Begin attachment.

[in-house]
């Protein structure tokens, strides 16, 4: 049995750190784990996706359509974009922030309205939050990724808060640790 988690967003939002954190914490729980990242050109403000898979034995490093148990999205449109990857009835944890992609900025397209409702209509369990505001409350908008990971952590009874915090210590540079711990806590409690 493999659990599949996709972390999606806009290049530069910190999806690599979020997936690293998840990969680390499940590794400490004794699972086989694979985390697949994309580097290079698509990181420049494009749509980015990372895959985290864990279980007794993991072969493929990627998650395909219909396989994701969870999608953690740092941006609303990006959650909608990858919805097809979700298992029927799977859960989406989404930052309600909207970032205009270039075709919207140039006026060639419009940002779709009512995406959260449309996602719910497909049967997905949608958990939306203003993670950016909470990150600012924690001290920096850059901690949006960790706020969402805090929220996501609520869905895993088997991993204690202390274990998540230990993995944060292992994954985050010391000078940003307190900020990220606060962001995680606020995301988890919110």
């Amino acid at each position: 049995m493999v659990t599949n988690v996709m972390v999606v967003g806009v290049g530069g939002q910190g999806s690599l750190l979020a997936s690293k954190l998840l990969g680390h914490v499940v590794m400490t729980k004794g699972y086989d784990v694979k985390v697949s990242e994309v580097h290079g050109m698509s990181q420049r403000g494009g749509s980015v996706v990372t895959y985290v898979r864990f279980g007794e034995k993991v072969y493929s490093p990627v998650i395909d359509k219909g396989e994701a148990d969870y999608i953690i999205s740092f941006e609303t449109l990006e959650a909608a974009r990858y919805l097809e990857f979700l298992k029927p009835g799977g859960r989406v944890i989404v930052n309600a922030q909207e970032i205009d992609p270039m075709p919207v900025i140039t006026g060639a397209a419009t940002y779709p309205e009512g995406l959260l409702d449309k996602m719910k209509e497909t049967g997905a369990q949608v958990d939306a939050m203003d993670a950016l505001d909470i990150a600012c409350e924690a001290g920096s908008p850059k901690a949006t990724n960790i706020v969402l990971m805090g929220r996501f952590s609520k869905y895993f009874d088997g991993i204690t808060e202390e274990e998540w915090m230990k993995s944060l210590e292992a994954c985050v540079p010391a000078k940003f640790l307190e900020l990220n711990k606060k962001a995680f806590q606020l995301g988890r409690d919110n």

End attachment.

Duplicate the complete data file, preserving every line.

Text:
[in-house]
């Protein structure tokens, strides 16, 4: 049995750190784990996706359509974009922030309205939050990724808060640790 988690967003939002954190914490729980990242050109403000898979034995490093148990999205449109990857009835944890992609900025397209409702209509369990505001409350908008990971952590009874915090210590540079711990806590409690 493999659990599949996709972390999606806009290049530069910190999806690599979020997936690293998840990969680390499940590794400490004794699972086989694979985390697949994309580097290079698509990181420049494009749509980015990372895959985290864990279980007794993991072969493929990627998650395909219909396989994701969870999608953690740092941006609303990006959650909608990858919805097809979700298992029927799977859960989406989404930052309600909207970032205009270039075709919207140039006026060639419009940002779709009512995406959260449309996602719910497909049967997905949608958990939306203003993670950016909470990150600012924690001290920096850059901690949006960790706020969402805090929220996501609520869905895993088997991993204690202390274990998540230990993995944060292992994954985050010391000078940003307190900020990220606060962001995680606020995301988890919110």
């Amino acid at each position: 049995m493999v659990t599949n988690v996709m972390v999606v967003g806009v290049g530069g939002q910190g999806s690599l750190l979020a997936s690293k954190l998840l990969g680390h914490v499940v590794m400490t729980k004794g699972y086989d784990v694979k985390v697949s990242e994309v580097h290079g050109m698509s990181q420049r403000g494009g749509s980015v996706v990372t895959y985290v898979r864990f279980g007794e034995k993991v072969y493929s490093p990627v998650i395909d359509k219909g396989e994701a148990d969870y999608i953690i999205s740092f941006e609303t449109l990006e959650a909608a974009r990858y919805l097809e990857f979700l298992k029927p009835g799977g859960r989406v944890i989404v930052n309600a922030q909207e970032i205009d992609p270039m075709p919207v900025i140039t006026g060639a397209a419009t940002y779709p309205e009512g995406l959260l409702d449309k996602m719910k209509e497909t049967g997905a369990q949608v958990d939306a939050m203003d993670a950016l505001d909470i990150a600012c409350e924690a001290g920096s908008p850059k901690a949006t990724n960790i706020v969402l990971m805090g929220r996501f952590s609520k869905y895993f009874d088997g991993i204690t808060e202390e274990e998540w915090m230990k993995s944060l210590e292992a994954c985050v540079p010391a000078k940003f640790l307190e900020l990220n711990k606060k962001a995680f806590q606020l995301g988890r409690d919110n």